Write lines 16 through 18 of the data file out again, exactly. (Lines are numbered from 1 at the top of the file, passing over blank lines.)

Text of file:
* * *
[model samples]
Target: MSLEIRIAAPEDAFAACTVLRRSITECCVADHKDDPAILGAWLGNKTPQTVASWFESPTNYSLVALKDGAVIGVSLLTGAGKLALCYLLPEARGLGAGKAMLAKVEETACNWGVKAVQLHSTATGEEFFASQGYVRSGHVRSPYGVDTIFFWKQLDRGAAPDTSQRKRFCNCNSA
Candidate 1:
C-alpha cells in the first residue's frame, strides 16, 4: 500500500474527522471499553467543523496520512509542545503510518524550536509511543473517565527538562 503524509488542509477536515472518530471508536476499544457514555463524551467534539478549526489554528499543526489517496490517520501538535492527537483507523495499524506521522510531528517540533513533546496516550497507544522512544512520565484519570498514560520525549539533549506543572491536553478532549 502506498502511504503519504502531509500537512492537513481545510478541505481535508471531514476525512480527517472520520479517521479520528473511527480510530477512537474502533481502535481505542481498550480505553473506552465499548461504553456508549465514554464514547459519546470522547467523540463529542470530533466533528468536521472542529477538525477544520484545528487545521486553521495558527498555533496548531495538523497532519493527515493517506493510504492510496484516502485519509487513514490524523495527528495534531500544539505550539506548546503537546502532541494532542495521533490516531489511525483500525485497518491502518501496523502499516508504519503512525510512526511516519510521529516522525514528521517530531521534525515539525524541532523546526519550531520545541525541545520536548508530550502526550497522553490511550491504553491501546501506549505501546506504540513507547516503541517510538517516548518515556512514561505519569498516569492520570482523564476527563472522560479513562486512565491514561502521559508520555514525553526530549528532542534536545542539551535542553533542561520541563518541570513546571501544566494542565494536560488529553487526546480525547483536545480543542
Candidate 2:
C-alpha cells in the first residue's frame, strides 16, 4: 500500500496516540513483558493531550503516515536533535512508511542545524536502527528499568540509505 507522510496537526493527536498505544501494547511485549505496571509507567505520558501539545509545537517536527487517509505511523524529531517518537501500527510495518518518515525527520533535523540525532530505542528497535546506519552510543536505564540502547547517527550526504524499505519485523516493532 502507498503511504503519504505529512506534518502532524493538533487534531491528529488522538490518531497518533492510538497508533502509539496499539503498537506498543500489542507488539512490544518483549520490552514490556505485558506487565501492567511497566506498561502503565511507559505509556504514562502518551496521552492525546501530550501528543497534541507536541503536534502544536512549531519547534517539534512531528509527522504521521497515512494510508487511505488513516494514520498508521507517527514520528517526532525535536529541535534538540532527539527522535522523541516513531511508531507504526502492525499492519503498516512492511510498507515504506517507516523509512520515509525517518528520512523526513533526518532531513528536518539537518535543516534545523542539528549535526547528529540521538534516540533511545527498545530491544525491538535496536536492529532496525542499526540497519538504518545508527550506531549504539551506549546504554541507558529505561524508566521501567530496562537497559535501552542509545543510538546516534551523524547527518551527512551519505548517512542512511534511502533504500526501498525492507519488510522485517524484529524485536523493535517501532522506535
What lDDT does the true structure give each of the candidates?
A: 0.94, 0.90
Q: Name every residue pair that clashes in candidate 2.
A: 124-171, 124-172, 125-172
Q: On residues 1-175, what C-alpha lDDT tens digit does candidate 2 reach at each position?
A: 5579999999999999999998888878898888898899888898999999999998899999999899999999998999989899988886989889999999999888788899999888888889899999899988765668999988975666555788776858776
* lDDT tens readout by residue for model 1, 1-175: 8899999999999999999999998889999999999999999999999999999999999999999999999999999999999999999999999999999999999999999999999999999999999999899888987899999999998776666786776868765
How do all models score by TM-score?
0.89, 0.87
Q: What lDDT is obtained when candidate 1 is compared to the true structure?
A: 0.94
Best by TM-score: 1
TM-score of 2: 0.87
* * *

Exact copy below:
Q: What lDDT is obtained when candidate 1 is compared to the true structure?
A: 0.94
Best by TM-score: 1